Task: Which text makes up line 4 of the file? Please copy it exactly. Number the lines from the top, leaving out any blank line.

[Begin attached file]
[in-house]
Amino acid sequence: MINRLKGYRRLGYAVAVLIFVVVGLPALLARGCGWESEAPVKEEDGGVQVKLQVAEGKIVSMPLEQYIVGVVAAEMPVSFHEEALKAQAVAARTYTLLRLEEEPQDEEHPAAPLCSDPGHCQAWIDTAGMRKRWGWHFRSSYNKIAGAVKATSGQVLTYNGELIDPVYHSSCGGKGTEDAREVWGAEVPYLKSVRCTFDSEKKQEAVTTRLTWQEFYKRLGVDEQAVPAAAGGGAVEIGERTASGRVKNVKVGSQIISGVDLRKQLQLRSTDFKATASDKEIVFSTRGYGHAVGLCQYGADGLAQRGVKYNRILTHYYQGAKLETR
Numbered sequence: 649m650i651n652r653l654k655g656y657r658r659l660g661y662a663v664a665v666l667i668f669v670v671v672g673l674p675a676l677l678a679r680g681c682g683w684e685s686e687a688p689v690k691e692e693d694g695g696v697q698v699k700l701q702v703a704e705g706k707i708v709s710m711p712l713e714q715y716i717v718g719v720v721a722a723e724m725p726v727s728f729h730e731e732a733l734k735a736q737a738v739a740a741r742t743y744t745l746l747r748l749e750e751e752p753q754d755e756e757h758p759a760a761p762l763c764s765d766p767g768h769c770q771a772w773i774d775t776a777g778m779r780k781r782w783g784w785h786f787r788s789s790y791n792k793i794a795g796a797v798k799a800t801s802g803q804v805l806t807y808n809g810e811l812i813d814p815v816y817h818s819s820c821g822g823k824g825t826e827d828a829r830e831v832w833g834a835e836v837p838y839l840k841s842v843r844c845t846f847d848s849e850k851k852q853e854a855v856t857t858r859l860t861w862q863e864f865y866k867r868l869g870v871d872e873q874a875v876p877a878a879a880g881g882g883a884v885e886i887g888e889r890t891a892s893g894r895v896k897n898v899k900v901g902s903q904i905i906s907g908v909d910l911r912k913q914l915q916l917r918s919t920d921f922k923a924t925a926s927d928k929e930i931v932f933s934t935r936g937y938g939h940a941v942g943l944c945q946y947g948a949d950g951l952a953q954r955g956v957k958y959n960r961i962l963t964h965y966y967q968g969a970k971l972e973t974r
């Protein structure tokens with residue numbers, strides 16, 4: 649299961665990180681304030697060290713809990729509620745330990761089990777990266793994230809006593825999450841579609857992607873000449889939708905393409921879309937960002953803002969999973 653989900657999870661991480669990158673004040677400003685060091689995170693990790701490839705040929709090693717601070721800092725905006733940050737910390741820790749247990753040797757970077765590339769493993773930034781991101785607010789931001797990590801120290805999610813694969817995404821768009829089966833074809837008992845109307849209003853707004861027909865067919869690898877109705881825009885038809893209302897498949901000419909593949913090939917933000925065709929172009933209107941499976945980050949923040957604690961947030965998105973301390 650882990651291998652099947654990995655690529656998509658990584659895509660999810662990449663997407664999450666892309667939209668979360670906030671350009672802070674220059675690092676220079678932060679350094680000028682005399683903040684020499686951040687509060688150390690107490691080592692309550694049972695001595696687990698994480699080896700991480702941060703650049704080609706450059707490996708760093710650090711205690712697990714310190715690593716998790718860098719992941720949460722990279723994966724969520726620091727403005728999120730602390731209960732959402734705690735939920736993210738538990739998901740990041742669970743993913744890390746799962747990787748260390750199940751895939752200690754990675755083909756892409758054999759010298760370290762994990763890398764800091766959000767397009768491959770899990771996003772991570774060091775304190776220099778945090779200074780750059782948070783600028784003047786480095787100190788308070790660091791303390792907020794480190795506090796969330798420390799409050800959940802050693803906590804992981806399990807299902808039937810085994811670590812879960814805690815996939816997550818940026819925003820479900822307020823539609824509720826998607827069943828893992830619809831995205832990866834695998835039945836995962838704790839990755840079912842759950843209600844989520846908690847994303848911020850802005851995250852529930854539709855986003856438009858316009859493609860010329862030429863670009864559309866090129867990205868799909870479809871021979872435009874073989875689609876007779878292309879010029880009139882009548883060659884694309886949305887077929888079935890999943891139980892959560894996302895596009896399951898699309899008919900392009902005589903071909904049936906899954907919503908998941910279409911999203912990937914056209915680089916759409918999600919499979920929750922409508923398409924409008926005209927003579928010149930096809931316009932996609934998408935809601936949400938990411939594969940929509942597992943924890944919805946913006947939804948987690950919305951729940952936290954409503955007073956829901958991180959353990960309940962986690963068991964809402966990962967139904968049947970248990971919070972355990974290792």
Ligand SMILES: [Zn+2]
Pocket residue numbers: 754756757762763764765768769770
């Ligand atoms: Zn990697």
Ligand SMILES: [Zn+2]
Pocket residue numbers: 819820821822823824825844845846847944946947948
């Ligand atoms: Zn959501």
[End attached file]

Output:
């Protein structure tokens with residue numbers, strides 16, 4: 649299961665990180681304030697060290713809990729509620745330990761089990777990266793994230809006593825999450841579609857992607873000449889939708905393409921879309937960002953803002969999973 653989900657999870661991480669990158673004040677400003685060091689995170693990790701490839705040929709090693717601070721800092725905006733940050737910390741820790749247990753040797757970077765590339769493993773930034781991101785607010789931001797990590801120290805999610813694969817995404821768009829089966833074809837008992845109307849209003853707004861027909865067919869690898877109705881825009885038809893209302897498949901000419909593949913090939917933000925065709929172009933209107941499976945980050949923040957604690961947030965998105973301390 650882990651291998652099947654990995655690529656998509658990584659895509660999810662990449663997407664999450666892309667939209668979360670906030671350009672802070674220059675690092676220079678932060679350094680000028682005399683903040684020499686951040687509060688150390690107490691080592692309550694049972695001595696687990698994480699080896700991480702941060703650049704080609706450059707490996708760093710650090711205690712697990714310190715690593716998790718860098719992941720949460722990279723994966724969520726620091727403005728999120730602390731209960732959402734705690735939920736993210738538990739998901740990041742669970743993913744890390746799962747990787748260390750199940751895939752200690754990675755083909756892409758054999759010298760370290762994990763890398764800091766959000767397009768491959770899990771996003772991570774060091775304190776220099778945090779200074780750059782948070783600028784003047786480095787100190788308070790660091791303390792907020794480190795506090796969330798420390799409050800959940802050693803906590804992981806399990807299902808039937810085994811670590812879960814805690815996939816997550818940026819925003820479900822307020823539609824509720826998607827069943828893992830619809831995205832990866834695998835039945836995962838704790839990755840079912842759950843209600844989520846908690847994303848911020850802005851995250852529930854539709855986003856438009858316009859493609860010329862030429863670009864559309866090129867990205868799909870479809871021979872435009874073989875689609876007779878292309879010029880009139882009548883060659884694309886949305887077929888079935890999943891139980892959560894996302895596009896399951898699309899008919900392009902005589903071909904049936906899954907919503908998941910279409911999203912990937914056209915680089916759409918999600919499979920929750922409508923398409924409008926005209927003579928010149930096809931316009932996609934998408935809601936949400938990411939594969940929509942597992943924890944919805946913006947939804948987690950919305951729940952936290954409503955007073956829901958991180959353990960309940962986690963068991964809402966990962967139904968049947970248990971919070972355990974290792």